Califia co-founded Samois, a lesbian-feminist BDSM organization based in San Francisco that existed from 1978 to 1983, and shifted his focus to the lesbian experience of BDSM.[15] The Samois Collective produced, with Califia's contributions, the book, Coming to Power, published by Alyson Publications.[2][16] Coming To Power, according to editor in chief Heather Findlay of lesbian magazine Girlfriends, was "one of the most transformative lesbian books, [foretelling] the end of a certain puritanism that had dominated the community. It was the first articulate defense of lesbian S/M, and that was the end of it."[2] Another book, the Lesbian S/M Safety Manual, won the 1990 Bookseller/Diagram Prize for Oddest Title of the Year.[17]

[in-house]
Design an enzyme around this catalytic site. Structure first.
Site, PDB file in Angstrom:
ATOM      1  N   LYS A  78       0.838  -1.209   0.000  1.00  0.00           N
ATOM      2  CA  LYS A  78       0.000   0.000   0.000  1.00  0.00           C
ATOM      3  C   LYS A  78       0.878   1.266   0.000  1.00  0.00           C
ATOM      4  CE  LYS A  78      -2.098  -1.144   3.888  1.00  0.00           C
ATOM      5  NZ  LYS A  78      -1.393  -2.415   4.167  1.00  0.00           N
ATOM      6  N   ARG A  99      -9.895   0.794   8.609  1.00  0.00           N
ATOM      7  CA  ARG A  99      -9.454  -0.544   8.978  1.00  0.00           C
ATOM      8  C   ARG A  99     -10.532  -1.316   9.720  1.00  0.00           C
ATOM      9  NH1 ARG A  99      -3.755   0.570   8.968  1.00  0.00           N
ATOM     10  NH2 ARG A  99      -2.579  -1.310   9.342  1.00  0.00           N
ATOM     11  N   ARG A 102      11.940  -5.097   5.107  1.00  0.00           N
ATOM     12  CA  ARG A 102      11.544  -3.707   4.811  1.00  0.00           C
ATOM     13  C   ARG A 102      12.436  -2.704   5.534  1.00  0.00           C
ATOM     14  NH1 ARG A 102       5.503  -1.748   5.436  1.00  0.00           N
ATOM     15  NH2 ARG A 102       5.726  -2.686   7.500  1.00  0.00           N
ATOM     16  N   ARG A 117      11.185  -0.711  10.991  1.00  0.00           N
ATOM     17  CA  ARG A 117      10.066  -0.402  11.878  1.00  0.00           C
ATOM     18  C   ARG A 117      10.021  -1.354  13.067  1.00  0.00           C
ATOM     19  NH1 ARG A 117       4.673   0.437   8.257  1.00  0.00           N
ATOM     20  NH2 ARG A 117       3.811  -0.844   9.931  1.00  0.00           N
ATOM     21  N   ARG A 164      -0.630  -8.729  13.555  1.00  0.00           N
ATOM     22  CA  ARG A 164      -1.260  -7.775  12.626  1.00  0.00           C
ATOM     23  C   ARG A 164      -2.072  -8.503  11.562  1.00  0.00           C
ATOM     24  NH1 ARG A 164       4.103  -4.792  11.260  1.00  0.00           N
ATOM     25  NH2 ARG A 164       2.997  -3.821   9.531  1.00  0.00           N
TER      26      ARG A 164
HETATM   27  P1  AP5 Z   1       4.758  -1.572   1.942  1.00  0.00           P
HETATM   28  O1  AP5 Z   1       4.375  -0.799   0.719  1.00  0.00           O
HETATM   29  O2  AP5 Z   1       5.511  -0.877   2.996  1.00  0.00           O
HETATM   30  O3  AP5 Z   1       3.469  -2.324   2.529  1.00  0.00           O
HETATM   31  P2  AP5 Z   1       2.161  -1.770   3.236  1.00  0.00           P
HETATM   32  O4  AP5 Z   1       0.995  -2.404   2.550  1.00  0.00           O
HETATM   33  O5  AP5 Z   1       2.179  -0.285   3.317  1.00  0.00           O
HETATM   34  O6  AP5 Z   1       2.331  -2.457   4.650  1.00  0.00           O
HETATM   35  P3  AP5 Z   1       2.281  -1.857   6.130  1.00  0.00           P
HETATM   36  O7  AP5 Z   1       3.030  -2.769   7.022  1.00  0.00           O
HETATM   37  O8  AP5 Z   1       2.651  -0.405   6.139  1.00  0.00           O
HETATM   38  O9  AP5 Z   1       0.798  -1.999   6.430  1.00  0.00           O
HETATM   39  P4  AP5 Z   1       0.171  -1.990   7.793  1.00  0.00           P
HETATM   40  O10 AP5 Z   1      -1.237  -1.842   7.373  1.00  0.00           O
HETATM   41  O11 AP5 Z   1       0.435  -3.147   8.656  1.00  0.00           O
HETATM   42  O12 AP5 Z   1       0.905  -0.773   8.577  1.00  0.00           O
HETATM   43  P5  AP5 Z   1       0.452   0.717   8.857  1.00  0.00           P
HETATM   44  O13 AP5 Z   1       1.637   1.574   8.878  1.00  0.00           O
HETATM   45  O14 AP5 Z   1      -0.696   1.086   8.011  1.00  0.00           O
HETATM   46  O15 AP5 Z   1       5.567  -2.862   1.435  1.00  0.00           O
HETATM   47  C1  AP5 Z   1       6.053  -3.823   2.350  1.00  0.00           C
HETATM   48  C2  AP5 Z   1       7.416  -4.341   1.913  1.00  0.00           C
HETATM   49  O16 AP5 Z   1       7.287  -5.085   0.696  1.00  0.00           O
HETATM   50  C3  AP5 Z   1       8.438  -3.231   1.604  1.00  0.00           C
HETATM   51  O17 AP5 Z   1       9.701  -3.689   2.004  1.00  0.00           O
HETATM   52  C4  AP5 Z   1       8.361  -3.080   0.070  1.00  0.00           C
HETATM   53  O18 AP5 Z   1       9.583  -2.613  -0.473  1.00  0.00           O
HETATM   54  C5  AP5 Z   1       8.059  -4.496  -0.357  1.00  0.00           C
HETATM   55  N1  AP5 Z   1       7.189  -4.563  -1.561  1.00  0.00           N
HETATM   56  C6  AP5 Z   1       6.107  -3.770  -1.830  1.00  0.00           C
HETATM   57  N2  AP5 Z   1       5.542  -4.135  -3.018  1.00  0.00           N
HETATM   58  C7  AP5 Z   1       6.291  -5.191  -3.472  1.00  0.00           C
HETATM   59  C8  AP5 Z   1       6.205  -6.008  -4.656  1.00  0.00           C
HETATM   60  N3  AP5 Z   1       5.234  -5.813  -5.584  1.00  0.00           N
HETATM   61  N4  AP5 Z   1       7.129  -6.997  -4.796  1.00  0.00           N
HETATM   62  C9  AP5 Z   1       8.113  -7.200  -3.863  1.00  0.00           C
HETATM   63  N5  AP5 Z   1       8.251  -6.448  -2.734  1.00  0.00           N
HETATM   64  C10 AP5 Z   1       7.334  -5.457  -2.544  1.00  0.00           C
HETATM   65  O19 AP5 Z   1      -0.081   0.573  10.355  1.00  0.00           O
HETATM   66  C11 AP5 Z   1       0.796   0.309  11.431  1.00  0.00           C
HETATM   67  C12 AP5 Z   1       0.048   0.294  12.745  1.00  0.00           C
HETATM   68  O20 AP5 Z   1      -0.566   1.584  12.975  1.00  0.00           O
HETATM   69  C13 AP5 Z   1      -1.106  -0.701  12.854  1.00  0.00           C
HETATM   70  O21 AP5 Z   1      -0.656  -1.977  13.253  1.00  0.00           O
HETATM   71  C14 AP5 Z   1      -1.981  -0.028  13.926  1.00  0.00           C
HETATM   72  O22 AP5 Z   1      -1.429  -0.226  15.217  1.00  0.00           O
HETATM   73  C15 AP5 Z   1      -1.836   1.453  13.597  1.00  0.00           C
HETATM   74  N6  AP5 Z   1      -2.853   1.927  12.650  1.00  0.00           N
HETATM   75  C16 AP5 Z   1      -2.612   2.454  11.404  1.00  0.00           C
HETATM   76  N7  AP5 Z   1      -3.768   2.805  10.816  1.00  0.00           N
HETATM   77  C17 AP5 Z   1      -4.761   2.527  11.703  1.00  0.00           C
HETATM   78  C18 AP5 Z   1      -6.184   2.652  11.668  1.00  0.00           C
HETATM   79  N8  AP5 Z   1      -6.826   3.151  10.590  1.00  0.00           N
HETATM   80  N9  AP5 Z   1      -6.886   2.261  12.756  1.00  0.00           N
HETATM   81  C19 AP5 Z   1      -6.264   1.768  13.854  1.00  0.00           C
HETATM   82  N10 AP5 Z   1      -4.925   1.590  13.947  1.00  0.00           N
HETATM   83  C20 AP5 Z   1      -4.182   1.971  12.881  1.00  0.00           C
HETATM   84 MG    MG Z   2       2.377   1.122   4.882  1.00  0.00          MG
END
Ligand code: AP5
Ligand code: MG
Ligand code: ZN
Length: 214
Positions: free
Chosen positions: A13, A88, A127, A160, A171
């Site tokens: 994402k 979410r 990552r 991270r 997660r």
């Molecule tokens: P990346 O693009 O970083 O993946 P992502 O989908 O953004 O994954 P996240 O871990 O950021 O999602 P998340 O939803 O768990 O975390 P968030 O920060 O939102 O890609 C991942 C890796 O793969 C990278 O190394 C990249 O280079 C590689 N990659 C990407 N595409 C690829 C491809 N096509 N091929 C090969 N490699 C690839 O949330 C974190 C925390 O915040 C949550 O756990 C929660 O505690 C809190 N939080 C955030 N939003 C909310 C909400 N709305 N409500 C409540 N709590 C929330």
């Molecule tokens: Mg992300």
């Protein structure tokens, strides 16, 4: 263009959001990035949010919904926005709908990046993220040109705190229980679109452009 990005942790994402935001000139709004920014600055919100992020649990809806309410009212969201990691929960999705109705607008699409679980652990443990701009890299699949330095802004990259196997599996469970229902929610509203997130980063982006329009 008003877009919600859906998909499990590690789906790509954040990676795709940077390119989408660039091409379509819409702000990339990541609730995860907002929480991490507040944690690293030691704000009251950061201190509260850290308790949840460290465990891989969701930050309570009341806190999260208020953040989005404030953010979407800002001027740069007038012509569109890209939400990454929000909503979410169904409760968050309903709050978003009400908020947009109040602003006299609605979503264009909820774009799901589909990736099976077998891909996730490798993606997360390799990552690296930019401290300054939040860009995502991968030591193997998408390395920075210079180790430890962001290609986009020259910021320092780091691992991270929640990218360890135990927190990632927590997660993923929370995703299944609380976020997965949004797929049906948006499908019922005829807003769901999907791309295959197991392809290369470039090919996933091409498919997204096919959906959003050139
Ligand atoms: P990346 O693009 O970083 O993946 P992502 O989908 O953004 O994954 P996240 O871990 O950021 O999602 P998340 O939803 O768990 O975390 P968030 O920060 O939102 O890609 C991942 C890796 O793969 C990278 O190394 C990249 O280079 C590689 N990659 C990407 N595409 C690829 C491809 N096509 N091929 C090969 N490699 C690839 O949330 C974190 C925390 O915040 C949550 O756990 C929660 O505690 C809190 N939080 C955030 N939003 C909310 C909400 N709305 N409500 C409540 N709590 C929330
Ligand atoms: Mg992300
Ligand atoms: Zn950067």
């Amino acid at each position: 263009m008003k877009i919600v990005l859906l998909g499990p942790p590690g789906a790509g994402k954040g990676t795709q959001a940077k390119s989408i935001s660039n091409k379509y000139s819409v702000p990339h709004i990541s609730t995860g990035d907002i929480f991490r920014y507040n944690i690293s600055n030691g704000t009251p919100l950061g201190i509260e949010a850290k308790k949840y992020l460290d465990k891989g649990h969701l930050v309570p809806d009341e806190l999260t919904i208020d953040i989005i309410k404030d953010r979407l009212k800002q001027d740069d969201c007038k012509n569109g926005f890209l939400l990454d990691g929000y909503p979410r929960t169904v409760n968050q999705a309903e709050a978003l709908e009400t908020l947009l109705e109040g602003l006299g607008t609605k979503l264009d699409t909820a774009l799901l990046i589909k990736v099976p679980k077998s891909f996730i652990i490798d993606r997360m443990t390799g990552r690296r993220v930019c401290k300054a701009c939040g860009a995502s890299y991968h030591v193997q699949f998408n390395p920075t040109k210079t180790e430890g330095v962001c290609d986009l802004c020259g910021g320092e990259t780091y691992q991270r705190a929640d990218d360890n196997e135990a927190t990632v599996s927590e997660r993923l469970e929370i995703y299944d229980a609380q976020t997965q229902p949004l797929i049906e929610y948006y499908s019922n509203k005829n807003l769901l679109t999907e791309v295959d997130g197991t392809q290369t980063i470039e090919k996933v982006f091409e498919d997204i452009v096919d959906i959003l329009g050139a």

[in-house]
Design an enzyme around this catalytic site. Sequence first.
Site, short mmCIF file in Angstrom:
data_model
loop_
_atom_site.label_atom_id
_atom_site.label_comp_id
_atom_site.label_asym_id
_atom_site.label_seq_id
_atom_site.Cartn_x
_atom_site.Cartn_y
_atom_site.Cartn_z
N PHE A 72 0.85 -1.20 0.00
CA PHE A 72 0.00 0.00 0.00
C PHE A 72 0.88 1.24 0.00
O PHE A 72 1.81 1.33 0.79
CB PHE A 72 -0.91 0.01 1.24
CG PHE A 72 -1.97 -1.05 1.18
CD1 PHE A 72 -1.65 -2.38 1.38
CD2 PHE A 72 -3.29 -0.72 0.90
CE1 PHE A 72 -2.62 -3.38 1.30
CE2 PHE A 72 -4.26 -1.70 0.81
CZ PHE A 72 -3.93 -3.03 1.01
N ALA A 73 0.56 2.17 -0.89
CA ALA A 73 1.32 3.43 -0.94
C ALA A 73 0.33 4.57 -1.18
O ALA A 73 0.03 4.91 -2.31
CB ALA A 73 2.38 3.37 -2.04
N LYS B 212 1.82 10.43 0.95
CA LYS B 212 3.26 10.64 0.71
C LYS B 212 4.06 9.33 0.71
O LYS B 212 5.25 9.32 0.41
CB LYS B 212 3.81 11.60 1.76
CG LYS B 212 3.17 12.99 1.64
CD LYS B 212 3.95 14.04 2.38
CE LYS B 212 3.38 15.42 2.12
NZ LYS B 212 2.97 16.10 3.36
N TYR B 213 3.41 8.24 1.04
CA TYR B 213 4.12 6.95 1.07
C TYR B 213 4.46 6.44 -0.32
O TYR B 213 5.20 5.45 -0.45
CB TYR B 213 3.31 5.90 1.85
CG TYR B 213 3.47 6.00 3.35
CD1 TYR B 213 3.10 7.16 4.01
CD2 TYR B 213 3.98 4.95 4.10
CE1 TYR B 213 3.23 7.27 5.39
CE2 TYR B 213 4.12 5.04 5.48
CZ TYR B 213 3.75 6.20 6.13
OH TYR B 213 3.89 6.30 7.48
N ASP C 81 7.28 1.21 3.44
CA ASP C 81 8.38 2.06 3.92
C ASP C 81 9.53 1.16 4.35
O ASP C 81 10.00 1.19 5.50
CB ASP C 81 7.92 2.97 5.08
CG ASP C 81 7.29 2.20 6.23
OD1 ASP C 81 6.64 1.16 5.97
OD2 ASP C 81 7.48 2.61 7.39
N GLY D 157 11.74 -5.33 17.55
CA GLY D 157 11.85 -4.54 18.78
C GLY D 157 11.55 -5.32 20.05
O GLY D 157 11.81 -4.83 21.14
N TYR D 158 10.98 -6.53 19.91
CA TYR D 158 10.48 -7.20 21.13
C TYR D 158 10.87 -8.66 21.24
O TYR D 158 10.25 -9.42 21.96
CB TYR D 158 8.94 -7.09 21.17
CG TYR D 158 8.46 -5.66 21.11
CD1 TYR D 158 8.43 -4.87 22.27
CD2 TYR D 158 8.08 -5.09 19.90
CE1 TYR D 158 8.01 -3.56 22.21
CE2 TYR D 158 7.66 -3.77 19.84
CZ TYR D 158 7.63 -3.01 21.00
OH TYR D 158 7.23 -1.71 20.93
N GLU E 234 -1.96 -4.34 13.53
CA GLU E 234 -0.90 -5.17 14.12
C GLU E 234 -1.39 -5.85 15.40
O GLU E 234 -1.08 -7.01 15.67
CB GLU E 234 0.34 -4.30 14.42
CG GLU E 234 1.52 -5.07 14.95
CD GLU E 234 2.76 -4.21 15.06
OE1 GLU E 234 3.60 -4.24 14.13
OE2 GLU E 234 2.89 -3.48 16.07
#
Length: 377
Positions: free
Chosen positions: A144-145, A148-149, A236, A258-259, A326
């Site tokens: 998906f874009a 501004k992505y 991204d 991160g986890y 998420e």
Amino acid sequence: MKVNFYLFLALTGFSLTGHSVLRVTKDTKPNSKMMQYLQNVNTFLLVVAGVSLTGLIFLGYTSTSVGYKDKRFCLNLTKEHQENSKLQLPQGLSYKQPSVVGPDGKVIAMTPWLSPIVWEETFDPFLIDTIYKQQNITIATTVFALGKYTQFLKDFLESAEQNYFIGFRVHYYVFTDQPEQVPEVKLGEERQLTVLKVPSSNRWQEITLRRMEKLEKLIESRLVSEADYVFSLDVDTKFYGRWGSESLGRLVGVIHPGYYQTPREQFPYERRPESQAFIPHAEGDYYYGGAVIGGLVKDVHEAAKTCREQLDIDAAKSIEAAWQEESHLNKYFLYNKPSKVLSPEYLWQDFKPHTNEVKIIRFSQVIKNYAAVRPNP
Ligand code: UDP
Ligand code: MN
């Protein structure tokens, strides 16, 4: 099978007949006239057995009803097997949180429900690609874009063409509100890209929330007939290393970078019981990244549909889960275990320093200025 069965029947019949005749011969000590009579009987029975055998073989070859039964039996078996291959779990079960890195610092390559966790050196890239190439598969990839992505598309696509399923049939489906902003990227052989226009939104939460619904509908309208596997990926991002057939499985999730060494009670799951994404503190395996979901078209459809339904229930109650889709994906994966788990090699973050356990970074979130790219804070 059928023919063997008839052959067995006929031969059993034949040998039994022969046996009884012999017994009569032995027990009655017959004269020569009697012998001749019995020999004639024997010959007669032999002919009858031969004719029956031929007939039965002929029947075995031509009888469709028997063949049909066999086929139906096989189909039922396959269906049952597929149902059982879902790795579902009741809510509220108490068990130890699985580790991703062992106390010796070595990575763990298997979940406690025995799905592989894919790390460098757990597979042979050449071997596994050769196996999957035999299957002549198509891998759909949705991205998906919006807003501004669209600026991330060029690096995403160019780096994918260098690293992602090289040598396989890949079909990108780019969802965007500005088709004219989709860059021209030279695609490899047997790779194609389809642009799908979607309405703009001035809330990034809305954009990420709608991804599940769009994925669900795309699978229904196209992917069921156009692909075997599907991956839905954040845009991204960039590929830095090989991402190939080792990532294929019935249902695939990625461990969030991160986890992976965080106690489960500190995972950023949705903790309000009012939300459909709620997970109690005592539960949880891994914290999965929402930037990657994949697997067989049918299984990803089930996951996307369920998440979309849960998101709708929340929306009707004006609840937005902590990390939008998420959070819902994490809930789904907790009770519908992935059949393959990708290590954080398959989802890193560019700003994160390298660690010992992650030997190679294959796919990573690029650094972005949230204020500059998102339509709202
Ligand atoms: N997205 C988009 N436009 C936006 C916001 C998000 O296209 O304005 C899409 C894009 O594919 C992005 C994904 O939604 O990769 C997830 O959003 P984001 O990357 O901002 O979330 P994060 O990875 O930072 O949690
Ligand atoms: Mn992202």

In 1992 Califia founded the leatherwomen's quarterly Venus Infers, and published "Feminism, Paedophilia, and Children's Rights" in Vol. 2, No. 4, a special women's issue, of the pro-pedophile scholarly journal Paidika. In 1996 he was co-editor, with Robin Sweeney, of The Second Coming: A Leatherdyke Reader, a sequel to Coming to Power.[16] Califia was writing about queer studies and gender identity, and coming to terms with these issues on a personal level. At age 45, Califia transitioned, taking the name Patrick.[18]

In a 2000 interview, Califia explained that the inspiration for his erotic writings varies; sometimes it is just about having fun, or it can be satire, or exploring a sexuality issue like HIV-positive people barebacking with the intention of infecting the other person with the virus.[2] In the interview with Rona Marech, Califia is quoted as saying: